Give second-hand kit close inspection

15 October 1999

Give second-hand kit close inspection

Second-hand loading

shovels are an economical

source of grunt for clamp

and muck work. Here,

Charlie Oakhill of Holt JCB

guides Geoff Ashcroft

around a four-year-old

412S Farm Master

JCBS Farm Master loading shovel has, it would appear, stood the test of time. Introduced in 1985 as the 412 with 80hp, it has made the transformation into todays 115hp 412S. The current range also includes the more powerful 150hp 414S and 152hp 416S.

While most new Farm Masters find their way into the hands of contractors on silage clamp and muck shifting duties, there comes a time when such machines need to be replaced with a more powerful model. This is when the discerning second-hand buyer gets an opportunity to add loading shovel grunt to the machinery line-up, for much less than new telehandler money.

The 412S remains a simple, straightforward middle-of-the-road loading shovel. Our example – an M-registered 110hp 1995 model -has recorded 4400 clock hours and is still in active service with Staunton, Glos-based contractor FA Priday & Son on silage and muck work.

Specification of our example machine includes six-speed powershift transmission with torque converter, limited slip differentials, pick-up hitch, air-conditioning and 19.5×24 tyres in place of the 17.5 standard types.

And subject to receiving some TLC from a dealer before going back into service, Holt JCBs agricultural sales manager Charlie Oakhill reckons that our example should fetch something in the region of £24,000.

"The 412S Farm Master is a rugged piece of kit which is viewed as one of the slower depreciating machines in the trade," he says. "And theres little to go wrong -providing the machine has been regularly serviced and religiously greased at frequent intervals."

While full service history is difficult to confirm on machines that have been maintained in the farm workshop, those that have been neglected are easy to spot, reckons Mr Oakhill.

Up front, at the business end, greasing is the key to a long and productive life for the 412S boom and attachment carriage.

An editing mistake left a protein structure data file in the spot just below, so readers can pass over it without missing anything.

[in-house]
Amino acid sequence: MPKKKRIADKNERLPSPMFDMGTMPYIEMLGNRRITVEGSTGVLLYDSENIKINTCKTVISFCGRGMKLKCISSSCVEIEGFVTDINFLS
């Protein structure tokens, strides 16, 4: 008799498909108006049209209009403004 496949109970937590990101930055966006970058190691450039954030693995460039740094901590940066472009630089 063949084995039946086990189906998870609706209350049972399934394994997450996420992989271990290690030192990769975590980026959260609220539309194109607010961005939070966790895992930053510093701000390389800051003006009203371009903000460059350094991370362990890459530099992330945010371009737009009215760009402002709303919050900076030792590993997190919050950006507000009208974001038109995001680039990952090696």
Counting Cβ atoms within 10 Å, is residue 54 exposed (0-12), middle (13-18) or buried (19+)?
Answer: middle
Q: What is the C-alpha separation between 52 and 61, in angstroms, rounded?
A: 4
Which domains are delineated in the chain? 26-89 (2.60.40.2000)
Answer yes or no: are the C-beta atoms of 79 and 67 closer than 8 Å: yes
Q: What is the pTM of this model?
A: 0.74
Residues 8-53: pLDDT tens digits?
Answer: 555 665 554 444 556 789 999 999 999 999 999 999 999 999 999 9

"Without an attachment, its easy to check wear on the pins by simply rocking the carriage back and forth by hand," says Mr Oakhill. "For the hours covered, this one is in very good order, but any neglect when it comes to greasing will lead to about a £700-800 refurbishment if new pins and bushes are required."

Such is the strength of the loaders arms and frame, says Mr Oakhill, that cracking should not occur. "Its a tough machine which is easily capable of 10,000 hours and more."

Where machines have been equipped with dual wheels on the front axle, Mr Oakhill reckons a wriggle of the steering wheel will reveal any over-stressed front wheel bearings. This is also a suitable method of checking for wear on the machines centre-pivot steering system.

"Theres a lot of excavator technology in this machine, which means it is able to withstand plenty of stick," he says.

Easy access

Easy engine access through panels opened on gas struts allows a close inspection of the 110hp Perkins 1000 series with turbocharger and intercooler.

"No trouble here," says Mr Oakhill. "The usual oil and water checks will reveal its condition."

With grime and a weeping gasket on the engine block, theres little cause for concern with our example, and Mr Oakhill reckons another 6000 hours should be expected without opening up the motor. And its the same in the transmission and hydraulics departments.

"But if theres any doubts, most JCB dealers should be able to provide or carry out an engineers report to verify the condition of the hydraulic system and transmission efficiency," he says. "Its all done through checking working pressures which can confirm that the machine functions exactly as it was designed to."

A visual inspection of most areas of the 412S will reveal any horrors, and also how well the operator has looked after the machine while driving. Serious oil leaks are rare, though Mr Oakhill warns buyers to be wary if the chaff screen is missing from the radiator.

"The screen is a nuisance to clean properly, but if removed from the machine, the radiator can easily block causing overheating problems," he says.

"But even after such a thorough inspection, it is essential to put the machine through its paces. Everything should work smoothly and without nasty clunks or hesitation," he says. "Then hopefully, youll know if youve found a machine that youre happy to spend your money on." &#42

Our 1995 M-plate example of JCBs 412S Farm Master with 4400 hours on the clock. With some TLC from a dealer, it should fetch about £24,000.

Chaff screen should be in place over the radiator to give the best protection from overheating – if its missing, suspect further problems.

Little to fault in the 412S cab. But ripped seat material is indicative of the hours done.

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